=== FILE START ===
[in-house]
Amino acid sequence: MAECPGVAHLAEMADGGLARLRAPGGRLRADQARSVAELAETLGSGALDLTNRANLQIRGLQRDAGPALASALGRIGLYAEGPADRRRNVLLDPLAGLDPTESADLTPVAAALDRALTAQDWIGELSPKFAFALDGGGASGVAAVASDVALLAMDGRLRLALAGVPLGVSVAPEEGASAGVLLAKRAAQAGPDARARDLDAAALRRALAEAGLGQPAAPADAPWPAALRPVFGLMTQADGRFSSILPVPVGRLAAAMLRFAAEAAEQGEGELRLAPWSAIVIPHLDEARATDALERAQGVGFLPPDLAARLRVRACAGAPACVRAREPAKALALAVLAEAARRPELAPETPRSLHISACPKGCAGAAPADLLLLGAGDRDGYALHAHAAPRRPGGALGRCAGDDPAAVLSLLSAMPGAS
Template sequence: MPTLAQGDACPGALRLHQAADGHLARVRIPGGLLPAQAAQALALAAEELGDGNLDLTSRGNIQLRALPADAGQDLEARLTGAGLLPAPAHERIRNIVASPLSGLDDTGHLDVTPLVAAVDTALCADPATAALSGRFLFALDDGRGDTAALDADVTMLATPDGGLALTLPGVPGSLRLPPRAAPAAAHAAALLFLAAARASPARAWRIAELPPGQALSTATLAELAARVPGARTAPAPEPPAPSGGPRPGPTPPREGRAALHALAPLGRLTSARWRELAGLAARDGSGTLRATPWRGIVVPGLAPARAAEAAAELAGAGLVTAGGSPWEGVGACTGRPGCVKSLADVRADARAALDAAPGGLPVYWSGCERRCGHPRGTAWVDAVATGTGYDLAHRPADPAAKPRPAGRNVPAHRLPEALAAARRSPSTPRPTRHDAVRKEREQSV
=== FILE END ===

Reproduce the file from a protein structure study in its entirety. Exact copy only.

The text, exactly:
[in-house]
Amino acid sequence: MAECPGVAHLAEMADGGLARLRAPGGRLRADQARSVAELAETLGSGALDLTNRANLQIRGLQRDAGPALASALGRIGLYAEGPADRRRNVLLDPLAGLDPTESADLTPVAAALDRALTAQDWIGELSPKFAFALDGGGASGVAAVASDVALLAMDGRLRLALAGVPLGVSVAPEEGASAGVLLAKRAAQAGPDARARDLDAAALRRALAEAGLGQPAAPADAPWPAALRPVFGLMTQADGRFSSILPVPVGRLAAAMLRFAAEAAEQGEGELRLAPWSAIVIPHLDEARATDALERAQGVGFLPPDLAARLRVRACAGAPACVRAREPAKALALAVLAEAARRPELAPETPRSLHISACPKGCAGAAPADLLLLGAGDRDGYALHAHAAPRRPGGALGRCAGDDPAAVLSLLSAMPGAS
Template sequence: MPTLAQGDACPGALRLHQAADGHLARVRIPGGLLPAQAAQALALAAEELGDGNLDLTSRGNIQLRALPADAGQDLEARLTGAGLLPAPAHERIRNIVASPLSGLDDTGHLDVTPLVAAVDTALCADPATAALSGRFLFALDDGRGDTAALDADVTMLATPDGGLALTLPGVPGSLRLPPRAAPAAAHAAALLFLAAARASPARAWRIAELPPGQALSTATLAELAARVPGARTAPAPEPPAPSGGPRPGPTPPREGRAALHALAPLGRLTSARWRELAGLAARDGSGTLRATPWRGIVVPGLAPARAAEAAAELAGAGLVTAGGSPWEGVGACTGRPGCVKSLADVRADARAALDAAPGGLPVYWSGCERRCGHPRGTAWVDAVATGTGYDLAHRPADPAAKPRPAGRNVPAHRLPEALAAARRSPSTPRPTRHDAVRKEREQSV